Rod Serling wanted Richard Egan to do the narration because of his rich, deep voice. However, due to strict studio contracts of the time, Egan was unable to. Serling said, "It's Richard Egan or no one. It's Richard Egan, or I'll do the thing myself," which is exactly what happened.
Series creator Rod Serling made up the phrase "Sixth Dimension" to use in season one's opening narration. William Self of CBS-TV asked him what was the fifth dimension (given that dimensions one through three are exemplified by a line, a plane, and a cube, respectively, and the fourth is time). Serling answered, "I don't know. Aren't there five?" He then changed the narration to "There is a fifth dimension..."
Rod Serling invited viewers to submit a script. He was flooded with over 14,000 scripts, and he actually got around to reading 500 of them. However, only two were any good, and he couldn't use them because they didn't fit the format of the show.
Rod Serling thought he had come up with the term "Twilight Zone" on his own (he liked the sound of it), but after the show aired he found out that it is an actual term used by Air Force pilots when crossing the day / night sides above the world.
Due to budgetary constraints in its second season, the network decided to cut costs by shooting some episodes on videotape rather than film. Because videotape was a relatively primitive medium in the early 1960s, the editing of tape was next to impossible. Thus, each of the six episodes was "camera-cut" as in live TV, on a studio sound stage, using a total of four cameras. The requisite multicamera setup of the videotape experiment pretty much precluded location shooting, severely limiting the potential scope of the story-lines, and so the short-lived experiment was ultimately abandoned. The limitations of using videotape (e.g., it could not be edited as cleanly as film and its visual quality was poorer) led the network to switch back to film for the rest of the series, despite the greater cost. The six videotaped episodes were titled: The Twilight Zone: The Lateness of the Hour (1960); The Twilight Zone: Static (1961); The Twilight Zone: The Whole Truth (1961); The Twilight Zone: The Night of the Meek (1960); The Twilight Zone: Twenty Two (1961); The Twilight Zone: Long Distance Call (1961) and then transferred to film for broadcast, which saved the producers about $5,000 per episode.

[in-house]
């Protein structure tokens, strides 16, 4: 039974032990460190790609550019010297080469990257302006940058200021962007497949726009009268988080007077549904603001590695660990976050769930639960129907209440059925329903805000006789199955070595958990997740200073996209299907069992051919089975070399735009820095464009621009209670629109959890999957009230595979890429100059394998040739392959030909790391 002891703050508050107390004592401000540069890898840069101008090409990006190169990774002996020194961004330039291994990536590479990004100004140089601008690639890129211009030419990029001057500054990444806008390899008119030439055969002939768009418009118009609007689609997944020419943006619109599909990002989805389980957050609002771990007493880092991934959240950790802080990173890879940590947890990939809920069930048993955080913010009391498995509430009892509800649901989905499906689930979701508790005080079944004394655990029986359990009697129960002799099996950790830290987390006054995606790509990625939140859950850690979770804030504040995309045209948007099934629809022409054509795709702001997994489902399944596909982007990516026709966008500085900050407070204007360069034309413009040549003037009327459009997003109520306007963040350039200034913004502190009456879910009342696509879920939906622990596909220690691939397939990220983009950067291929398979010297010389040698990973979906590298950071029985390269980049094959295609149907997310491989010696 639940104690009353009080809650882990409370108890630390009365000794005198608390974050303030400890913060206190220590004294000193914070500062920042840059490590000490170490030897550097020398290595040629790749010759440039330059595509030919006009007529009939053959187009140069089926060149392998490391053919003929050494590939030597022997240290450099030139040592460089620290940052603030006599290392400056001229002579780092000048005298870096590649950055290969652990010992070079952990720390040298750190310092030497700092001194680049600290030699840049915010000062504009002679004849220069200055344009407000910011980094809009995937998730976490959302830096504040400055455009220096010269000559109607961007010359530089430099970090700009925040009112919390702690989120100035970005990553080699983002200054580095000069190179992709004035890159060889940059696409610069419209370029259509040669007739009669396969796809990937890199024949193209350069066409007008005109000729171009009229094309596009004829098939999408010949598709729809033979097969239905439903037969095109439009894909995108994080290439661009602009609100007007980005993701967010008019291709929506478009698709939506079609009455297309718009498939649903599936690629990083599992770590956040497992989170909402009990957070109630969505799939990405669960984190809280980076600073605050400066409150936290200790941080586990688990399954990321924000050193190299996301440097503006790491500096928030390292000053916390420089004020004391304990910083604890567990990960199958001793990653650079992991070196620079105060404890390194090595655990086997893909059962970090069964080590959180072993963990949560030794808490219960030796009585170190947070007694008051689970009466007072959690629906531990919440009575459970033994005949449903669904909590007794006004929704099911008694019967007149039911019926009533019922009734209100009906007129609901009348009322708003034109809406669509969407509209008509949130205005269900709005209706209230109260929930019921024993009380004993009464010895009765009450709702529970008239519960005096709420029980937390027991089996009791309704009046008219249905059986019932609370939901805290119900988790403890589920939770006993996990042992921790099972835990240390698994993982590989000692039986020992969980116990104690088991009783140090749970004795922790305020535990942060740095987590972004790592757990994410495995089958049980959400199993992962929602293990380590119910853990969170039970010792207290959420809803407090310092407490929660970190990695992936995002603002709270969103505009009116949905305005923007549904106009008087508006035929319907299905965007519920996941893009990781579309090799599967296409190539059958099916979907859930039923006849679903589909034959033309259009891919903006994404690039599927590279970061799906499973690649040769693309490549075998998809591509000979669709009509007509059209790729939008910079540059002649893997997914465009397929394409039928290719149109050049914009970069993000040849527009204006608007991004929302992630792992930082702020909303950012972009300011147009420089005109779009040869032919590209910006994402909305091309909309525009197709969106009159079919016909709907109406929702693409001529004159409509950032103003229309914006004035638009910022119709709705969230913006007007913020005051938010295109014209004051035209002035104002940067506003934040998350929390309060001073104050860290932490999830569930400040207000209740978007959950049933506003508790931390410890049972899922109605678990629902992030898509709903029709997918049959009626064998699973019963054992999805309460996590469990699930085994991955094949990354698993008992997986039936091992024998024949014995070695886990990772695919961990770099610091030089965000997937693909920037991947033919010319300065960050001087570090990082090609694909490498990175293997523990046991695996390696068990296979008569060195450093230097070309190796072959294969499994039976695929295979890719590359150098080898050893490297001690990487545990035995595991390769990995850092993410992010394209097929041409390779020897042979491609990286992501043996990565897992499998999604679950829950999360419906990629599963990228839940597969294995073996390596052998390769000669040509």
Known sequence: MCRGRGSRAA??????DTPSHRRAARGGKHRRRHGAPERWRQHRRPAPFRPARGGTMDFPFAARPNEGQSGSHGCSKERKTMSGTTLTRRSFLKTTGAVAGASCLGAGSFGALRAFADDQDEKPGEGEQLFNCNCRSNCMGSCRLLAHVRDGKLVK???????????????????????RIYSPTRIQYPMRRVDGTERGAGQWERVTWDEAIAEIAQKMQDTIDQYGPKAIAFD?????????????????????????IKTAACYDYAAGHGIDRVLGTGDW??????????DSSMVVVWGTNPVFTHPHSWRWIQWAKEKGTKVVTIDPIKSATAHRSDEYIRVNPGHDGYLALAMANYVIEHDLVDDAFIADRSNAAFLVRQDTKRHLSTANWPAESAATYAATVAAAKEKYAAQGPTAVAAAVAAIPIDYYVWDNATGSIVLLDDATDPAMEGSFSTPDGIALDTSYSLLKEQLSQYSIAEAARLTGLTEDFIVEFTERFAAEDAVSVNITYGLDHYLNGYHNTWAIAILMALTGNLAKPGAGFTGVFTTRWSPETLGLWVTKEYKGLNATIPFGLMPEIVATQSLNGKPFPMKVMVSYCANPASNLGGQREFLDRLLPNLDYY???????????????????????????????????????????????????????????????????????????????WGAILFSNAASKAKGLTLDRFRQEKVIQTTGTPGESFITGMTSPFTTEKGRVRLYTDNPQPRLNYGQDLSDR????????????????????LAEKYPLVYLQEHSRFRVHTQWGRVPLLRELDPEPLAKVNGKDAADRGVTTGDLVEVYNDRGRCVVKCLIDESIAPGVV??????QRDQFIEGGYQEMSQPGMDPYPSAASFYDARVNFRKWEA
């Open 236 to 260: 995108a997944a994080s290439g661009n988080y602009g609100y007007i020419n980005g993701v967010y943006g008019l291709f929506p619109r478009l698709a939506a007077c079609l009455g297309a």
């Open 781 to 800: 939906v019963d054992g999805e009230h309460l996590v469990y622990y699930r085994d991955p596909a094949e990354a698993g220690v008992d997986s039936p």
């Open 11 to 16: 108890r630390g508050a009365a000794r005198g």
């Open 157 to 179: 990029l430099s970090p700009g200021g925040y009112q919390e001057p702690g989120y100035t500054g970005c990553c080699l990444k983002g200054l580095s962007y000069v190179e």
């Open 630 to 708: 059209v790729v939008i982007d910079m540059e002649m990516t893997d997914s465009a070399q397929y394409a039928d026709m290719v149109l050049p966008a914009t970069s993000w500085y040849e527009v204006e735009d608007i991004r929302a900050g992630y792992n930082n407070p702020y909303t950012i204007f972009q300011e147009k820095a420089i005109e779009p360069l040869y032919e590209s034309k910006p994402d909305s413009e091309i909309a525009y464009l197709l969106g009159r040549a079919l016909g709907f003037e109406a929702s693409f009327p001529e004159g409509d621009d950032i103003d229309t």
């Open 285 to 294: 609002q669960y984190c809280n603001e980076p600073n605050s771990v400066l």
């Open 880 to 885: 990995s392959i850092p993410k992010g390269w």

Other than series creator, host and narrator Rod Serling, Robert McCord was the only actor to appear in all five seasons. In second place are Jack Klugman, John Anderson, Jon Lormer and Vaughn Taylor, who each appeared in four seasons. Klugman and Taylor both appeared in the first, third, fourth and fifth seasons, Anderson appeared in the first, second, fourth and fifth seasons and Lormer appeared in the each of the first four seasons.
All episodes in Seasons 1, 2, 3 and 5 were 30 minutes in length. Episodes in Season 4 (airing from January to May 1963) were one hour in length due to CBS' switching the show's available time-slot where only an hour could be taken.
Of the three "Twilight Zone" TV series over the years, this is the only one which does not include Rod Serling's image during the opening credits. Of course, this is the only one of the series to have the opening voice-over performed by Serling.
It was due to creator Rod Sterling's excessive smoking, that he was often seen with a cigarette during the introduction. Also, since one of the show's sponsors was the Liggett & Myers tobacco company, Serling served as an on-screen spokesman for their product, Chesterfield cigarettes, during his "tune in next week" spot at the end of each episode. The American Tobacco Co., a later sponsor, insisted that he always be seen with a cigarette, although Serling refused to plug their brand (Pall Mall) on screen.